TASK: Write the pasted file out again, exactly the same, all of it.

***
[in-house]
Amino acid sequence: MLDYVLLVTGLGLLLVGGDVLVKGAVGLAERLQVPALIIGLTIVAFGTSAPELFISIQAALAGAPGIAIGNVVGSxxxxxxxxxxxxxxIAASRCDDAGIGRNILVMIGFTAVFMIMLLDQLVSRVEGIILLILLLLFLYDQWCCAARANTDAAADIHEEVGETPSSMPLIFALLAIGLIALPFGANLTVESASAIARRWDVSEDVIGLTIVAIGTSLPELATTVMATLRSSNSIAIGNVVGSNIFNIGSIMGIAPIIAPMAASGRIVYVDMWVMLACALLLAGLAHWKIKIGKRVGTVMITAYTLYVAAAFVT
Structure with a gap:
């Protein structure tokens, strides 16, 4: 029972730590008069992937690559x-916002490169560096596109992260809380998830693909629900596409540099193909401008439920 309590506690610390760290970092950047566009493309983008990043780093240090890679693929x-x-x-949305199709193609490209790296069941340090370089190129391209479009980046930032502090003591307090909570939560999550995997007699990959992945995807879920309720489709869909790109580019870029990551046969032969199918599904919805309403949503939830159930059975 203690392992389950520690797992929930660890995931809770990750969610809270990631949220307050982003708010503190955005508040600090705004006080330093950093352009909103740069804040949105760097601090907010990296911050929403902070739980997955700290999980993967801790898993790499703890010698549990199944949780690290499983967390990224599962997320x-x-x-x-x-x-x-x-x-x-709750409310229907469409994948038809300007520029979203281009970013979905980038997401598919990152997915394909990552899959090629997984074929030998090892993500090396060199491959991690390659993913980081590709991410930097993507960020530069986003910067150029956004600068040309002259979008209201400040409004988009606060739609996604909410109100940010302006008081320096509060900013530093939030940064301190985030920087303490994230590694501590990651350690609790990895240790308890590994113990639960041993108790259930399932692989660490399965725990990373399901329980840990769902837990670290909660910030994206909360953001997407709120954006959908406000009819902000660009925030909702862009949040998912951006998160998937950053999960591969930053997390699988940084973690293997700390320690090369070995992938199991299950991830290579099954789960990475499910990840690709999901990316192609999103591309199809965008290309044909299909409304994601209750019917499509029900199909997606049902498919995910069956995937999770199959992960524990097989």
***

[in-house]
Amino acid sequence: MLDYVLLVTGLGLLLVGGDVLVKGAVGLAERLQVPALIIGLTIVAFGTSAPELFISIQAALAGAPGIAIGNVVGSxxxxxxxxxxxxxxIAASRCDDAGIGRNILVMIGFTAVFMIMLLDQLVSRVEGIILLILLLLFLYDQWCCAARANTDAAADIHEEVGETPSSMPLIFALLAIGLIALPFGANLTVESASAIARRWDVSEDVIGLTIVAIGTSLPELATTVMATLRSSNSIAIGNVVGSNIFNIGSIMGIAPIIAPMAASGRIVYVDMWVMLACALLLAGLAHWKIKIGKRVGTVMITAYTLYVAAAFVT
Structure with a gap:
């Protein structure tokens, strides 16, 4: 029972730590008069992937690559x-916002490169560096596109992260809380998830693909629900596409540099193909401008439920 309590506690610390760290970092950047566009493309983008990043780093240090890679693929x-x-x-949305199709193609490209790296069941340090370089190129391209479009980046930032502090003591307090909570939560999550995997007699990959992945995807879920309720489709869909790109580019870029990551046969032969199918599904919805309403949503939830159930059975 203690392992389950520690797992929930660890995931809770990750969610809270990631949220307050982003708010503190955005508040600090705004006080330093950093352009909103740069804040949105760097601090907010990296911050929403902070739980997955700290999980993967801790898993790499703890010698549990199944949780690290499983967390990224599962997320x-x-x-x-x-x-x-x-x-x-709750409310229907469409994948038809300007520029979203281009970013979905980038997401598919990152997915394909990552899959090629997984074929030998090892993500090396060199491959991690390659993913980081590709991410930097993507960020530069986003910067150029956004600068040309002259979008209201400040409004988009606060739609996604909410109100940010302006008081320096509060900013530093939030940064301190985030920087303490994230590694501590990651350690609790990895240790308890590994113990639960041993108790259930399932692989660490399965725990990373399901329980840990769902837990670290909660910030994206909360953001997407709120954006959908406000009819902000660009925030909702862009949040998912951006998160998937950053999960591969930053997390699988940084973690293997700390320690090369070995992938199991299950991830290579099954789960990475499910990840690709999901990316192609999103591309199809965008290309044909299909409304994601209750019917499509029900199909997606049902498919995910069956995937999770199959992960524990097989």